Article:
Let’s be honest: Christmas has become the biggest commercial event of the year—not just for Christians but humankind. The “season of giving” has become retail’s real savior. But as worshipers of God, it’s important for Christian parents to teach their children well about the second most important day in the Christian calendar, Christmas.
Many Yuletide myths exist that may or may not have Christian roots, but they have become part of the rhetoric of Christmas, so much that most Christian parents may not even know what’s secular from what’s not.
Here’s a simple guide to what to tell your kids about Christmas.
- Christmas is about the gift of Jesus from Father God to the world.
The whole reason to celebrate Christmas is because of Jesus. 25 December marks the birth of Jesus Christ, who is all man and all God. Father God sent Jesus to save the world and to reconcile mankind to Himself—and there is no greater present than that! So we must always remember the true reason for the season is Jesus!
- There are two possible reasons why we put up Christmas trees.
One is that Jesus “hung on a tree” (Galatians 3:13) when He was crucified, dying for our sins. The “tree” or the cross He hung upon is hence a symbol of Jesus’ sacrifice to save us. Two goes back to the story of St Boniface (circa 675AD), who went around converting Germans to Christianity. He spotted a group of pagans worshiping a tree and got so angry he cut it down—in its place a fir tree grew, and St Boniface took it as a sign from God. The fir tree has since become a Christian symbol.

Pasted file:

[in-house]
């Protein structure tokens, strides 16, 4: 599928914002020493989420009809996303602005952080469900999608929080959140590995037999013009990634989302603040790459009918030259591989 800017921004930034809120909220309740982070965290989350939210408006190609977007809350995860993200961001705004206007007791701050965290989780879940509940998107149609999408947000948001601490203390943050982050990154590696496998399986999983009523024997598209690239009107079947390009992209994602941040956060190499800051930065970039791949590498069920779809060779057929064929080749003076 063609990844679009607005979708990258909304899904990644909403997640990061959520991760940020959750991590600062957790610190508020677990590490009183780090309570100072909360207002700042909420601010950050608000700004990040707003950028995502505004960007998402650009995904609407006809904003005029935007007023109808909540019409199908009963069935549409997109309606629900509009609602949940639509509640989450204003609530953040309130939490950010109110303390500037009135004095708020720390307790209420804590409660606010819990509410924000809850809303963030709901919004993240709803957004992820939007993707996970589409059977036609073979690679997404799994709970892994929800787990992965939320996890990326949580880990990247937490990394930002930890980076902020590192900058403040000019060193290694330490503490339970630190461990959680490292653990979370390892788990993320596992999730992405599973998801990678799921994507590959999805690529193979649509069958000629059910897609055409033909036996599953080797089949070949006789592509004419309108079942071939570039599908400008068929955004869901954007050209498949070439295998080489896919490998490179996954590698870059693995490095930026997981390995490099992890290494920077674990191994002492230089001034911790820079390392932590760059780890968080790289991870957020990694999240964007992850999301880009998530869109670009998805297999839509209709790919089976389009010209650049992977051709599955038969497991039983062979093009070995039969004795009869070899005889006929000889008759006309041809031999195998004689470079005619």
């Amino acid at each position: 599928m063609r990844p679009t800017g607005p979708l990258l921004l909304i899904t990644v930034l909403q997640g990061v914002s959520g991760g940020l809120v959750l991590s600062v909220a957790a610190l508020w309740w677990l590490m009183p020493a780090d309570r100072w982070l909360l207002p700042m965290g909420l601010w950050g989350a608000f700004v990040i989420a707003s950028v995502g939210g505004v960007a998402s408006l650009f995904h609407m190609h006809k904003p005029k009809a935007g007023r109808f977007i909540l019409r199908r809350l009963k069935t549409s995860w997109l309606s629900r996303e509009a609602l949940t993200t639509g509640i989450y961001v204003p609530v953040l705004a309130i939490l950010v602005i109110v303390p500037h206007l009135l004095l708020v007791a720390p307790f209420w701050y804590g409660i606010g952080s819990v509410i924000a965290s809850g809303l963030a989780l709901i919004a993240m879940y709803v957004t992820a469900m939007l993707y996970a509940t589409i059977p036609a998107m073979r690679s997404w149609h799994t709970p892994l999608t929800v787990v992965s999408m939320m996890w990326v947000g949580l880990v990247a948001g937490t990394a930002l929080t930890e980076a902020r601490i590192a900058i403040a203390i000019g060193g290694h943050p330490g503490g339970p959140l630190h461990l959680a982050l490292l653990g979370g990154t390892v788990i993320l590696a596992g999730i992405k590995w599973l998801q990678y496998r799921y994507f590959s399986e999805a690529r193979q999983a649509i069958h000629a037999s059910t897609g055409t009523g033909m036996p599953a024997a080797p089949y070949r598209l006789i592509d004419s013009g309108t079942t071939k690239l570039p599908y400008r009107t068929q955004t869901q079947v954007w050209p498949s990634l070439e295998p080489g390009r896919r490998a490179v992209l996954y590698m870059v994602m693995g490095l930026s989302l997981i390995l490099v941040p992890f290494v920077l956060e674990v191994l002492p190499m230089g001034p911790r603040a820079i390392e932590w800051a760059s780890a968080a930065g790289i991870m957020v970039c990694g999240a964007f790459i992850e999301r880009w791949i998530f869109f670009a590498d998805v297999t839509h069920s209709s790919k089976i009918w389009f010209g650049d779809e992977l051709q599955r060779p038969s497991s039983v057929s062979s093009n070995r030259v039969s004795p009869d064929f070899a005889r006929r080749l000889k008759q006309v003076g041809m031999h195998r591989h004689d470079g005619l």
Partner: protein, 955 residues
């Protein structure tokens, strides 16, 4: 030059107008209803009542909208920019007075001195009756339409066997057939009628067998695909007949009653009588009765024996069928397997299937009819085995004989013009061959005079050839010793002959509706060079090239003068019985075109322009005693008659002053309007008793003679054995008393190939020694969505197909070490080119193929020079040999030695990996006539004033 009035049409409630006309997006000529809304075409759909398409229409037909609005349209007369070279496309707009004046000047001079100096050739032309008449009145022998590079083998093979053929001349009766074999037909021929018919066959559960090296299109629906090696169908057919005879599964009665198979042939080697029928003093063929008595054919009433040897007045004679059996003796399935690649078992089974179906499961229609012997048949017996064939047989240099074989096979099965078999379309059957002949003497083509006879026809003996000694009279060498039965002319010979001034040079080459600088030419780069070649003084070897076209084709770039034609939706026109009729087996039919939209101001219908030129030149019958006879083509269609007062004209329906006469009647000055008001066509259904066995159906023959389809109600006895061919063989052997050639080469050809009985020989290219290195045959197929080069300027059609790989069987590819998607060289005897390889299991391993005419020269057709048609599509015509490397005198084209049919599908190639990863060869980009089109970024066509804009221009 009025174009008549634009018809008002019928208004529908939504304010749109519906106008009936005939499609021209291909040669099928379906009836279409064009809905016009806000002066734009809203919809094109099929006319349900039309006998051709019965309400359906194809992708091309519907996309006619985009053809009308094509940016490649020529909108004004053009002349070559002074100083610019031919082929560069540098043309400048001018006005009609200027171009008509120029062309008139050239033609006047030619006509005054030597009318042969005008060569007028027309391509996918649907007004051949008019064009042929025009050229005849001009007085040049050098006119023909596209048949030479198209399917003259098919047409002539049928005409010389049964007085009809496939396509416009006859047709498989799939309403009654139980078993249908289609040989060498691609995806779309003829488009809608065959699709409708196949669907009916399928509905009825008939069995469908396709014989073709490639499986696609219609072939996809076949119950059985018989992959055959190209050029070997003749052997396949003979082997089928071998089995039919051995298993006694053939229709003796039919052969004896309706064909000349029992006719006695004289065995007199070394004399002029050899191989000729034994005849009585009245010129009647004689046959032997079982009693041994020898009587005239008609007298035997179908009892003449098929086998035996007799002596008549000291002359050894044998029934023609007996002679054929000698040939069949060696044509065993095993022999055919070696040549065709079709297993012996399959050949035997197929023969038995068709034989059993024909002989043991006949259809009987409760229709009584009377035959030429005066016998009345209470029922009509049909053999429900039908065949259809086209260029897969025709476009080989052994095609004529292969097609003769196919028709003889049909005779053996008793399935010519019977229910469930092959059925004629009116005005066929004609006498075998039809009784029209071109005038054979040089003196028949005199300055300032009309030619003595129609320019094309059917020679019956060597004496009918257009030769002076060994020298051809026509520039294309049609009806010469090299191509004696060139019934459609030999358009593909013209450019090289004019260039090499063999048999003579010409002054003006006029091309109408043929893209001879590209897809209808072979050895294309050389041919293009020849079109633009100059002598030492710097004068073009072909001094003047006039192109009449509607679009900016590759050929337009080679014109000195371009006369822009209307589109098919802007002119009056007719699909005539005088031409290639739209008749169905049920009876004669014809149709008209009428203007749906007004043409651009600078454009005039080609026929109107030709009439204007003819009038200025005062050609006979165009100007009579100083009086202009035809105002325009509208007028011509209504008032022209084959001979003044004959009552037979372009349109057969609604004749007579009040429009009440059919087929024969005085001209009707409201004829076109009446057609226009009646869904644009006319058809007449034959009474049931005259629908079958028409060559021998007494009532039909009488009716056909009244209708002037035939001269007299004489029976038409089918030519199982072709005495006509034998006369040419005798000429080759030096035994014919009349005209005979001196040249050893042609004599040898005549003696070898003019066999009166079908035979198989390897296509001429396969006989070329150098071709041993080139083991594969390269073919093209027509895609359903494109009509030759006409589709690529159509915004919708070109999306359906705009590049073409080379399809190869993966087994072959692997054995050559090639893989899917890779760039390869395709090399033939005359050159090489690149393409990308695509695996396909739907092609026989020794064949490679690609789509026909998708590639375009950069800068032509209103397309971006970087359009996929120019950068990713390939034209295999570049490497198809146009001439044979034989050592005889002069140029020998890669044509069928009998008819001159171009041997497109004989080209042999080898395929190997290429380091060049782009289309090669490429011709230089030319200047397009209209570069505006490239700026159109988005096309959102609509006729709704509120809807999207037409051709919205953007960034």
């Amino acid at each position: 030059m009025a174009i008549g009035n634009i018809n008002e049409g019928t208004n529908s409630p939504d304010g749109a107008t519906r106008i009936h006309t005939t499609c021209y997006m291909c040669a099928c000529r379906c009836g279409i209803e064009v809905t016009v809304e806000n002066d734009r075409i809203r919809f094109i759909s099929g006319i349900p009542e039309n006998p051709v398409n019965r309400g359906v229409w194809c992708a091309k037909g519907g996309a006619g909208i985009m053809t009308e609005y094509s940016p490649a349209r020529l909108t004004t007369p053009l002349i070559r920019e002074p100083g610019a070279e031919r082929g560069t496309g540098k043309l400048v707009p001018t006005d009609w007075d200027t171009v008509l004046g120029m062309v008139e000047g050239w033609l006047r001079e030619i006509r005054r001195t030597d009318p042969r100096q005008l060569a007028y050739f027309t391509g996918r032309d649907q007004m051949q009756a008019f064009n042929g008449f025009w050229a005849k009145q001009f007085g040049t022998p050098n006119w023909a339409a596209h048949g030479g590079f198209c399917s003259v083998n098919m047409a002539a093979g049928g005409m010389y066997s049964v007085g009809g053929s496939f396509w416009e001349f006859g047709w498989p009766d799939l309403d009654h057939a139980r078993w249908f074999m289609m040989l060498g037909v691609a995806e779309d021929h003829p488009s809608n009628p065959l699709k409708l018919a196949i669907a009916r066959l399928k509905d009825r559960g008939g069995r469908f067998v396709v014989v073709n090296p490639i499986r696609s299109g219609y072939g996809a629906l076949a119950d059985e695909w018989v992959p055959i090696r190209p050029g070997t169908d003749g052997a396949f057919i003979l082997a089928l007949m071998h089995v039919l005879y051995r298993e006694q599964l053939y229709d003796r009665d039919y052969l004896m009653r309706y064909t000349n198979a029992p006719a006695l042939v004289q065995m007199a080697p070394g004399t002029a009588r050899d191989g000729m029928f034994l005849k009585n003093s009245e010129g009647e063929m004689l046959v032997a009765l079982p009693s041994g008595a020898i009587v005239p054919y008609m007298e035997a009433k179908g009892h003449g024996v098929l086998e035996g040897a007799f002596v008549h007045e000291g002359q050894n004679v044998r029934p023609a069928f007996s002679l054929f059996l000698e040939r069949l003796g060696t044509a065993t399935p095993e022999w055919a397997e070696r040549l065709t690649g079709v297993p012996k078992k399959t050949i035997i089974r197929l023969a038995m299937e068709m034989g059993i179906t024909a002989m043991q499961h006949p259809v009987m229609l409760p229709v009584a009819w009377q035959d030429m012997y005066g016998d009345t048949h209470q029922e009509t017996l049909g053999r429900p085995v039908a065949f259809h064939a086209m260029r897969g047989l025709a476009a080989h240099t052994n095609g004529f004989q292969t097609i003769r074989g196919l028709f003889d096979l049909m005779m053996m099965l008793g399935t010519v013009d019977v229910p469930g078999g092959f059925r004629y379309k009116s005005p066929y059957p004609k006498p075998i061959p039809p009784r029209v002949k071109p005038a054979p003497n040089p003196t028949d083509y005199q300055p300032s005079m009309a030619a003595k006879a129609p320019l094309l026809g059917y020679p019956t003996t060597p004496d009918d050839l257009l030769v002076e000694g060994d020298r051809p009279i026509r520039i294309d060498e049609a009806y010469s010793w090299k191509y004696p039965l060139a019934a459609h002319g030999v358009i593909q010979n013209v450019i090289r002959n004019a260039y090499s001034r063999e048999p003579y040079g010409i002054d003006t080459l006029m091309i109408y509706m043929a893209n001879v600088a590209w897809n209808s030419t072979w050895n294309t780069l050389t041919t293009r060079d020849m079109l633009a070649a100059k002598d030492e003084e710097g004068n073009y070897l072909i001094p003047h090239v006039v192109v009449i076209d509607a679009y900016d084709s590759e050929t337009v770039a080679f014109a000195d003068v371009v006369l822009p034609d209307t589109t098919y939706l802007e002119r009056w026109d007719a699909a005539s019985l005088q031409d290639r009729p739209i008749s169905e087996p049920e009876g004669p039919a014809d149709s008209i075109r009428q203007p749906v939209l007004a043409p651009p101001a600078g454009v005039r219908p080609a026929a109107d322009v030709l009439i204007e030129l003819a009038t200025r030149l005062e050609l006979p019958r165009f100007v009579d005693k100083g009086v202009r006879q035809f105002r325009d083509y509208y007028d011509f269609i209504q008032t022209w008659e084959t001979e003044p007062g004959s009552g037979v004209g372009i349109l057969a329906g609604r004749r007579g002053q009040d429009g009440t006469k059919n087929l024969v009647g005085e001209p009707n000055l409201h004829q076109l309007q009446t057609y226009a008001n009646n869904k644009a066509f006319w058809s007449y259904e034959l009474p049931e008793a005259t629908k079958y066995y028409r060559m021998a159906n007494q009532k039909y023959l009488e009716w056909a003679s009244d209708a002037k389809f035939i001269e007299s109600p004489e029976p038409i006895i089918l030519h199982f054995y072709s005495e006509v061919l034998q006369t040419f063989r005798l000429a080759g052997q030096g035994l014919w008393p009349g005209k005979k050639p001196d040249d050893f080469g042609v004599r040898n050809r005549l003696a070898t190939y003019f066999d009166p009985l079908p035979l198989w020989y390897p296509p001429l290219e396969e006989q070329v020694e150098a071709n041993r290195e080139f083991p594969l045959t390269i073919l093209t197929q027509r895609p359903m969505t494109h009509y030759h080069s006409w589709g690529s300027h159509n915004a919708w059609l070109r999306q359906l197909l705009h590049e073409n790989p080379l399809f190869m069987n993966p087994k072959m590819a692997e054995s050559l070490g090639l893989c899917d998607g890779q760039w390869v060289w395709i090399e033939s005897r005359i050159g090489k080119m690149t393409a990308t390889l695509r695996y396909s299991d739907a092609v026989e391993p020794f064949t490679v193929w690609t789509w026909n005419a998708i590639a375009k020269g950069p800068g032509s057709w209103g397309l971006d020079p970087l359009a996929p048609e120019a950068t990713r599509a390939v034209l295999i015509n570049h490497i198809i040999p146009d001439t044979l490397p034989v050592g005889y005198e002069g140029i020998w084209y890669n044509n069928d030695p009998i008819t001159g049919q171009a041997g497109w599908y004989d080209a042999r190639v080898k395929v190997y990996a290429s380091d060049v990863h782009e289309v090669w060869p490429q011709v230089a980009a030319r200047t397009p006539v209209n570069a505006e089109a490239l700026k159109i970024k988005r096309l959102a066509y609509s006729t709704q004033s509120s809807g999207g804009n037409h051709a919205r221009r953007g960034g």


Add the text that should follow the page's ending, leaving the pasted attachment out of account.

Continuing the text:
- The truth about Santa Claus is…
St Nicholas of Myra was a bishop (circa 300AD) who inherited a large sum of money and used his fortune to help the poor, as Jesus commanded. Santa Claus is a modern day interpretation of “St Nick” (as he is commonly called). The red suit that Santa wears reflects the red robes that bishops donned. Over the centuries, the image of Santa has evolved, but the roots of Santa Claus go back to a great Christian. Whether you choose to break the truth about Santa to your child (“Sorry, baby, but Santa won’t be riding his sleigh to our HDB lift lobby.”) or let him/her believe in Santa till he/she is older, that’s entirely up to you! (But do note that it’s likely classmates are going to break the news if you don’t!)
- Boxing Day is really for giving food to the poor.
Boxing Day falls on 26th December, the day after Christmas. A British tradition began in the 17th century where postmen and other service providers would expect a “Christmas box” of goodies from the people they serve without payment. It evolved into a practice where wealthy employers packed boxes of food, gifts and bonuses for their servants. It may be a worthwhile practice to teach our children to think of and find ways to give to those who are needy during the Christmas season. Some families practice giving donations to their family member’s favorite charities instead of a gift for that person. Others or go on year-end mission trips to bring treats and food to low-income families.
- We give presents during Christmas as a reflection of the three wise men’s gifts to Jesus—but let’s not forget the Birthday Savior!
Gift-giving is a great practice for drawing families and friends closer together—it is a time for remembering loved ones, selecting special presents for them, and spending time together in love. But while we give gifts to one another, we mustn’t forget the One whom we are celebrating: Jesus Himself. One thing we can do with our children is to celebrate Christmas as Jesus’ birthday—bake a cake and ice it “Happy birthday, Jesus!” and discuss what present you are going to give Jesus (eg, do something nice for someone as a gift, make peace with an estranged friend). Simply bring Jesus to the center of all your Christmas celebrations.